We all know that the PTO is underrepresented in reenacting, but a good question would be why this is. I'm interested to hear what everyones' theories on this are. My own personal theory is that it has always been this way, even since before the war ended. Roosevelt's "Europe First" policy meant that even news from the PTO was limited by the censors in order to keep Europe in the forefront of the American psyche. This means that most Americans have always thought of fighting the Nazis when they think of WWII.
1stLt Lieutenant, USMC (currently serving) Charlie Company, 1st Bn, 7th Marines (reenacted) Vice President, Battle of Okinawa Historical Society, Camp Kinser, Okinawa Semper Fi
Seems that when many of us were young the history shows, book, magazines and TV shows only showed European theater stuff, (Combat, 12 O'clock high) So we all basically got interested in ETO stuff and not PTO stuff.
Post by PhM3/c Bowers on Oct 9, 2012 0:41:20 GMT -5
I agree with the above statements but I have experienced, as well as others, that once you get bit by the PTO bug, it never goes away and in fact, it only gets worse. Perhaps its the mystery behind it. Perhaps its the lower numbers and its almost like an exclusive group in the hobby. Perhaps its just that damn interesting. Whatever it is, I hope more people get on board.
We few... It's due to tv and movies. However, as my esteemed colleague said: once bit, you're infected for life. We do USMC as a secondary imp, there are not a lot of battles out west for pto, however, the one we have gets bigger each year.
Like a few others I started doing German reenacting due to the fact that everyone else was American. I think the reason the PTO is slow to start is the lack of people that want to do Japanese infantry. It was hard enough to find decent repro Japanese uniforms let alone equipment. Althought I understand that is turning around, finding rifles at a good price could be a factor. For me I've been the bad guy long enough, now it's time to be one the winning side. I spent 6 years in the navy, lived in Japan for two of those. Cruised the same waters my grandfather did(just didn't have a kamikaze slam into my ship) and spent time in the PI. Got to walk some of the area that we reenact and the history that went with it. I love...no crave history and want to make sure that future generations never forget the sacrifice made.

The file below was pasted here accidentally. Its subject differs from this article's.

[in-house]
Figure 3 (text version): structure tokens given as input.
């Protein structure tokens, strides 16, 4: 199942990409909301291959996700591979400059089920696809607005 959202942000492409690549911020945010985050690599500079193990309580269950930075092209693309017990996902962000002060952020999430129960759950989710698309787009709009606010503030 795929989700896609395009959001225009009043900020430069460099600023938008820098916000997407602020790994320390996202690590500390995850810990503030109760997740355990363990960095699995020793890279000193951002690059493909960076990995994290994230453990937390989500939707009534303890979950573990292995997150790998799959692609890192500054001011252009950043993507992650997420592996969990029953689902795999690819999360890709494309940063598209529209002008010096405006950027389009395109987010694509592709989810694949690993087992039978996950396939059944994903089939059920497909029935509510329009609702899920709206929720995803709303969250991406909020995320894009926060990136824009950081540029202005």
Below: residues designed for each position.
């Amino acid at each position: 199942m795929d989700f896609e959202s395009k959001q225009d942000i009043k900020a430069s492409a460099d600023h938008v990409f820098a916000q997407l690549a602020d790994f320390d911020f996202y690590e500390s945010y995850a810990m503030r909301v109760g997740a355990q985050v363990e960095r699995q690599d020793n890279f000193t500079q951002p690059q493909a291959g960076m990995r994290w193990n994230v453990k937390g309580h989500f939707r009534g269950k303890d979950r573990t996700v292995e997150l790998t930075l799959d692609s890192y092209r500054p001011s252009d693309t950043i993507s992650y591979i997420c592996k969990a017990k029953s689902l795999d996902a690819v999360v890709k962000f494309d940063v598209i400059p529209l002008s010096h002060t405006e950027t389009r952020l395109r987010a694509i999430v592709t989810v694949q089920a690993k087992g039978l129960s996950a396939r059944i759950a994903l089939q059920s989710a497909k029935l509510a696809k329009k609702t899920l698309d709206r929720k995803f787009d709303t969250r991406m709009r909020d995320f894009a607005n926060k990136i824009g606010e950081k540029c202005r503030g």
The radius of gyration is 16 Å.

Having just entered the world of IJA/IJN collecting I can see the issue.
Japanese stuff (that is of quality) is hard to find and pretty much you get stuck with Nakata Shoten. But oh yeah they don't ship outside of Japan. Stewart's had a nice stint of getting Nakata items in, but most of it eventually dried up. I lucked out having a friend who travels to Tokyo quite often and as I found out while visiting him he literally lives a block and a half from Mr. Nakata's store. While I lived in Iwakuni for a spell for my two year tour there, my address was a FPO so anything I ordered would end up in the States anyways. And I didn't have any Japanese friends that could let me "use their mail box."
And of course Nakata's does all kinds of hard to find items throughout the IJA/IJN history. Very cool.
However an up and comer "Hikishop" is becoming the common, easy to get a hold of, "econo" level stuff. Its decent, their leather items are built a bit more sturdy and the price is decent.
So hopefully that will entice more into doing PTO on the "its hard to get enough people of opposing sides together" angle.
But I agree with all of you, the reasons are varied and yes some are grounded in the history itself.
For me, its the bug of collecting that comes along with the hobby and as a Marine I can't let my own history go forgotten.